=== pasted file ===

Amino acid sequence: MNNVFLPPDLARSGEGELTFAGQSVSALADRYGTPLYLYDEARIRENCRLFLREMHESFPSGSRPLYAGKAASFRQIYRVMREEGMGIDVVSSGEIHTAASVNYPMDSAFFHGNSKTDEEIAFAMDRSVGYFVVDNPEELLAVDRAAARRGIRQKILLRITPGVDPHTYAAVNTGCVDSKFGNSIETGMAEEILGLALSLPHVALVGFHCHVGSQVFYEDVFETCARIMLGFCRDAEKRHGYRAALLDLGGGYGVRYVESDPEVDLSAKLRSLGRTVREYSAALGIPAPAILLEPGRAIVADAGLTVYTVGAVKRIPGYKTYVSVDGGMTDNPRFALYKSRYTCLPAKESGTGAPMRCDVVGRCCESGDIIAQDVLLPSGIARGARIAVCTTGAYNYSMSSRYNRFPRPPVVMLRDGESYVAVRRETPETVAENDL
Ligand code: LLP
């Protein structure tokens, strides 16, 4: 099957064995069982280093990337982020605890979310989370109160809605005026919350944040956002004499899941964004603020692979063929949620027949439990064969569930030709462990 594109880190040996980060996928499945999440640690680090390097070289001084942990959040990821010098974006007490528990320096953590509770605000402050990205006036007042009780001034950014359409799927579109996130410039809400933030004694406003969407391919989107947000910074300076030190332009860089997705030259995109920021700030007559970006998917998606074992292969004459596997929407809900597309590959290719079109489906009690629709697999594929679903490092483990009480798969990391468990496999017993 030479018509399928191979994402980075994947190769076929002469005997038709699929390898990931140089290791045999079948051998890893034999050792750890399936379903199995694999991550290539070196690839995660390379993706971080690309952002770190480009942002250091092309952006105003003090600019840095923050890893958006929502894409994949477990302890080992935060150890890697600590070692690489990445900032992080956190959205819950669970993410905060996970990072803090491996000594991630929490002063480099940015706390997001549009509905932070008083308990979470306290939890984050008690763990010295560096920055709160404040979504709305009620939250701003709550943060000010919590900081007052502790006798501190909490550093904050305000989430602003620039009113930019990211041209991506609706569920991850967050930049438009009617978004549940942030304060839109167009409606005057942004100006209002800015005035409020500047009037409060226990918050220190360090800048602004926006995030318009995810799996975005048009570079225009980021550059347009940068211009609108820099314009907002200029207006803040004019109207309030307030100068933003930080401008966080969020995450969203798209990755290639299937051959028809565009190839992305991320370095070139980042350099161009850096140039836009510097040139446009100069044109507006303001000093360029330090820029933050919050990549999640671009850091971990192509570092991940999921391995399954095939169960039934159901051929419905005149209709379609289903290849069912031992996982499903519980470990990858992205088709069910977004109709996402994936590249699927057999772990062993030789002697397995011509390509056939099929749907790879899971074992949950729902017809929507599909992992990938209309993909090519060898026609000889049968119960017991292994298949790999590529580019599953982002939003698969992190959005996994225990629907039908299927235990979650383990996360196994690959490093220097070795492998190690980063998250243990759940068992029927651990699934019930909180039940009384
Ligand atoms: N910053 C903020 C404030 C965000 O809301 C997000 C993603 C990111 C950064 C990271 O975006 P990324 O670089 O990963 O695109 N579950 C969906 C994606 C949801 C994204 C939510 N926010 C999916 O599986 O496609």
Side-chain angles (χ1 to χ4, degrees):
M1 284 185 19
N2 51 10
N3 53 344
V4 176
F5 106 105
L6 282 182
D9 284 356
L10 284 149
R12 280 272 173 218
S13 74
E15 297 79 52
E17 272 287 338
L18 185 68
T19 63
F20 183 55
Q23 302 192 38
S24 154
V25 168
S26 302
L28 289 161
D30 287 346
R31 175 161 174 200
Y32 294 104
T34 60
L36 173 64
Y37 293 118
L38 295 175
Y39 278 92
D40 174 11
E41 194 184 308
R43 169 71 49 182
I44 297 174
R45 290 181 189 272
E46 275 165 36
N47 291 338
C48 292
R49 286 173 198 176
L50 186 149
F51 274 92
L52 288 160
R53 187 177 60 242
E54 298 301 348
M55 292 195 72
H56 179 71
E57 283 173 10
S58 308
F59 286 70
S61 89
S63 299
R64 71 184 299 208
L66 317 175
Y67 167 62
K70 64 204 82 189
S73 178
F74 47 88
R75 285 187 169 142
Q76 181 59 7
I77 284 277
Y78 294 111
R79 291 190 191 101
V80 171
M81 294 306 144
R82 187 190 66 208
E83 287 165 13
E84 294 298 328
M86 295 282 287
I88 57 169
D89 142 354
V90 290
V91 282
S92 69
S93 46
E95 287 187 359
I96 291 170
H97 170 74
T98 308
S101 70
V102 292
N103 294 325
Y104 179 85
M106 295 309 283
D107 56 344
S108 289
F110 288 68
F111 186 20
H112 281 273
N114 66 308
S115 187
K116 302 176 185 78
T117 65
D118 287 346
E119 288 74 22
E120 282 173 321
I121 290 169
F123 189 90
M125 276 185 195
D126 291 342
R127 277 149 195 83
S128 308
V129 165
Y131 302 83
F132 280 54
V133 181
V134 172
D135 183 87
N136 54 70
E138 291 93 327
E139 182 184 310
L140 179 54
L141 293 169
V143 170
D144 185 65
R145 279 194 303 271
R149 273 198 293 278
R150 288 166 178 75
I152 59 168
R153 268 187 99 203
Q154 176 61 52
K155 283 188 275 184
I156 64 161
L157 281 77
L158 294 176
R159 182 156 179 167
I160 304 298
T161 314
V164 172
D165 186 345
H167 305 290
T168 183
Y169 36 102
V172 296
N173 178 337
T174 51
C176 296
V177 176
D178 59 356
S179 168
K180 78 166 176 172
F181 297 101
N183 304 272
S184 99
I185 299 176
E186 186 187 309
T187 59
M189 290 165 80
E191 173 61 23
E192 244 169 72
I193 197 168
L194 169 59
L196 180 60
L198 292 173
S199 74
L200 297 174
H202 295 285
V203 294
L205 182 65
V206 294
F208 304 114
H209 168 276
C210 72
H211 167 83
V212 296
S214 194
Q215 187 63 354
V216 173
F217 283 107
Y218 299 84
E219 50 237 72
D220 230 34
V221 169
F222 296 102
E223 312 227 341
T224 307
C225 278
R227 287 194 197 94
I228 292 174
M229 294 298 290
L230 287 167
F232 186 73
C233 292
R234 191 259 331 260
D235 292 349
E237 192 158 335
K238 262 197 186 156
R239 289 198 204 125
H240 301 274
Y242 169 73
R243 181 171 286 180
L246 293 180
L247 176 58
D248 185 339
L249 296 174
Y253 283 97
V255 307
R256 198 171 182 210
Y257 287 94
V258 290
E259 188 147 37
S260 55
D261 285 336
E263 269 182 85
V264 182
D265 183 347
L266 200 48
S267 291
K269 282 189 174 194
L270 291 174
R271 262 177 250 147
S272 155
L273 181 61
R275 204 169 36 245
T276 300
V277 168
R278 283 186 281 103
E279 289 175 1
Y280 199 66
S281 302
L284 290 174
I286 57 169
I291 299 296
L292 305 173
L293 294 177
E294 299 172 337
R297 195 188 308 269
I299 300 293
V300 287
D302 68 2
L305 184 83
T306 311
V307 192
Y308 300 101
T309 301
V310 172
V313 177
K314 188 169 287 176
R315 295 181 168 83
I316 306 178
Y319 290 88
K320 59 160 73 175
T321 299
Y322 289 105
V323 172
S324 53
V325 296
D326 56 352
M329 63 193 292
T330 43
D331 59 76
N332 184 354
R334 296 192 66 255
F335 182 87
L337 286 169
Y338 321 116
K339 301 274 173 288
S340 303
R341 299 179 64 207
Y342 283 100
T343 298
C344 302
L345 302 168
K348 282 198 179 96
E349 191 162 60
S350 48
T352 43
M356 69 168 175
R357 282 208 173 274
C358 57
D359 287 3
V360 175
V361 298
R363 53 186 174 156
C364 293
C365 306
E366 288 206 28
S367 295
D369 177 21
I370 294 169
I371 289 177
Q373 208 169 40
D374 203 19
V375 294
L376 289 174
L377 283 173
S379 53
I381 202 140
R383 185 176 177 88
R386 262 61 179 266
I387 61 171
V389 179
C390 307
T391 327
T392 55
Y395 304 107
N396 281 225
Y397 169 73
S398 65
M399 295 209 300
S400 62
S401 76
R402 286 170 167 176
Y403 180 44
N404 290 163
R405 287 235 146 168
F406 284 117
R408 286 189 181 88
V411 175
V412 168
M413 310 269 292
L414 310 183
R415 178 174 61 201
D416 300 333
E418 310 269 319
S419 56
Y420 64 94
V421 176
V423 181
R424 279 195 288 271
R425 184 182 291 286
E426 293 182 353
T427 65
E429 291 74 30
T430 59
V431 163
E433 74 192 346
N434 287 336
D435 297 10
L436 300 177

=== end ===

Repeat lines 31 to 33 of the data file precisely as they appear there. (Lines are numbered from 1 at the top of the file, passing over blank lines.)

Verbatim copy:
Y37 293 118
L38 295 175
Y39 278 92